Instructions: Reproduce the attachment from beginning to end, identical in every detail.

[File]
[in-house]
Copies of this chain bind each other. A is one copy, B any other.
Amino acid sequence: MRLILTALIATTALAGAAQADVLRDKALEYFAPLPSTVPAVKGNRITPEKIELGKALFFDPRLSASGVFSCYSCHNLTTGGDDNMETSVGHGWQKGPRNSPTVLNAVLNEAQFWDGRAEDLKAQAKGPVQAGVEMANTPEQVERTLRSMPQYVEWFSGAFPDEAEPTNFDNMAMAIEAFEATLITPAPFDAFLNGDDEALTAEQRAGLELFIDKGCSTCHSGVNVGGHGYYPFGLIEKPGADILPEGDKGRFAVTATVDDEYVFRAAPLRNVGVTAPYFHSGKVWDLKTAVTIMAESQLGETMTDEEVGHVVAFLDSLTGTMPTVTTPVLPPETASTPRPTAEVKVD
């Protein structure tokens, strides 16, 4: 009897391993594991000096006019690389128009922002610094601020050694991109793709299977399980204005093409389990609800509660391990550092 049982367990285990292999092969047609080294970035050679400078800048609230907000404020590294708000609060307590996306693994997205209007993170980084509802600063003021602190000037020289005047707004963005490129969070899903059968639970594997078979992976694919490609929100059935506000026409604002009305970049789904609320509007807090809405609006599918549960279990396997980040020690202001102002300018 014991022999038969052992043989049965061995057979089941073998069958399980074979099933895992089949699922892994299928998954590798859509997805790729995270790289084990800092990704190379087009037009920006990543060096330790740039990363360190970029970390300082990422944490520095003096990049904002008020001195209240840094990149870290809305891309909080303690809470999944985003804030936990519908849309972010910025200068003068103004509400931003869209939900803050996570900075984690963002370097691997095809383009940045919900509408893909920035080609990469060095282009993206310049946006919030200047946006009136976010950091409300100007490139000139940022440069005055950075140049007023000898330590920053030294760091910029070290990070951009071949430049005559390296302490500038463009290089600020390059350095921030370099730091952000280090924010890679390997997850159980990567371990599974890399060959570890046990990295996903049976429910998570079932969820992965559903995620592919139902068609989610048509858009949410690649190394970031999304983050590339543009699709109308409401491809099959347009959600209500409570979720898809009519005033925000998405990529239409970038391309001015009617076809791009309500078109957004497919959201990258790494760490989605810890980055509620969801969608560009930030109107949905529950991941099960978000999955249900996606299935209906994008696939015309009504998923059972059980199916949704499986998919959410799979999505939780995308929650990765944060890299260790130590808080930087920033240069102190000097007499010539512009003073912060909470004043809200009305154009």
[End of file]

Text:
[in-house]
Copies of this chain bind each other. A is one copy, B any other.
Amino acid sequence: MRLILTALIATTALAGAAQADVLRDKALEYFAPLPSTVPAVKGNRITPEKIELGKALFFDPRLSASGVFSCYSCHNLTTGGDDNMETSVGHGWQKGPRNSPTVLNAVLNEAQFWDGRAEDLKAQAKGPVQAGVEMANTPEQVERTLRSMPQYVEWFSGAFPDEAEPTNFDNMAMAIEAFEATLITPAPFDAFLNGDDEALTAEQRAGLELFIDKGCSTCHSGVNVGGHGYYPFGLIEKPGADILPEGDKGRFAVTATVDDEYVFRAAPLRNVGVTAPYFHSGKVWDLKTAVTIMAESQLGETMTDEEVGHVVAFLDSLTGTMPTVTTPVLPPETASTPRPTAEVKVD
């Protein structure tokens, strides 16, 4: 009897391993594991000096006019690389128009922002610094601020050694991109793709299977399980204005093409389990609800509660391990550092 049982367990285990292999092969047609080294970035050679400078800048609230907000404020590294708000609060307590996306693994997205209007993170980084509802600063003021602190000037020289005047707004963005490129969070899903059968639970594997078979992976694919490609929100059935506000026409604002009305970049789904609320509007807090809405609006599918549960279990396997980040020690202001102002300018 014991022999038969052992043989049965061995057979089941073998069958399980074979099933895992089949699922892994299928998954590798859509997805790729995270790289084990800092990704190379087009037009920006990543060096330790740039990363360190970029970390300082990422944490520095003096990049904002008020001195209240840094990149870290809305891309909080303690809470999944985003804030936990519908849309972010910025200068003068103004509400931003869209939900803050996570900075984690963002370097691997095809383009940045919900509408893909920035080609990469060095282009993206310049946006919030200047946006009136976010950091409300100007490139000139940022440069005055950075140049007023000898330590920053030294760091910029070290990070951009071949430049005559390296302490500038463009290089600020390059350095921030370099730091952000280090924010890679390997997850159980990567371990599974890399060959570890046990990295996903049976429910998570079932969820992965559903995620592919139902068609989610048509858009949410690649190394970031999304983050590339543009699709109308409401491809099959347009959600209500409570979720898809009519005033925000998405990529239409970038391309001015009617076809791009309500078109957004497919959201990258790494760490989605810890980055509620969801969608560009930030109107949905529950991941099960978000999955249900996606299935209906994008696939015309009504998923059972059980199916949704499986998919959410799979999505939780995308929650990765944060890299260790130590808080930087920033240069102190000097007499010539512009003073912060909470004043809200009305154009």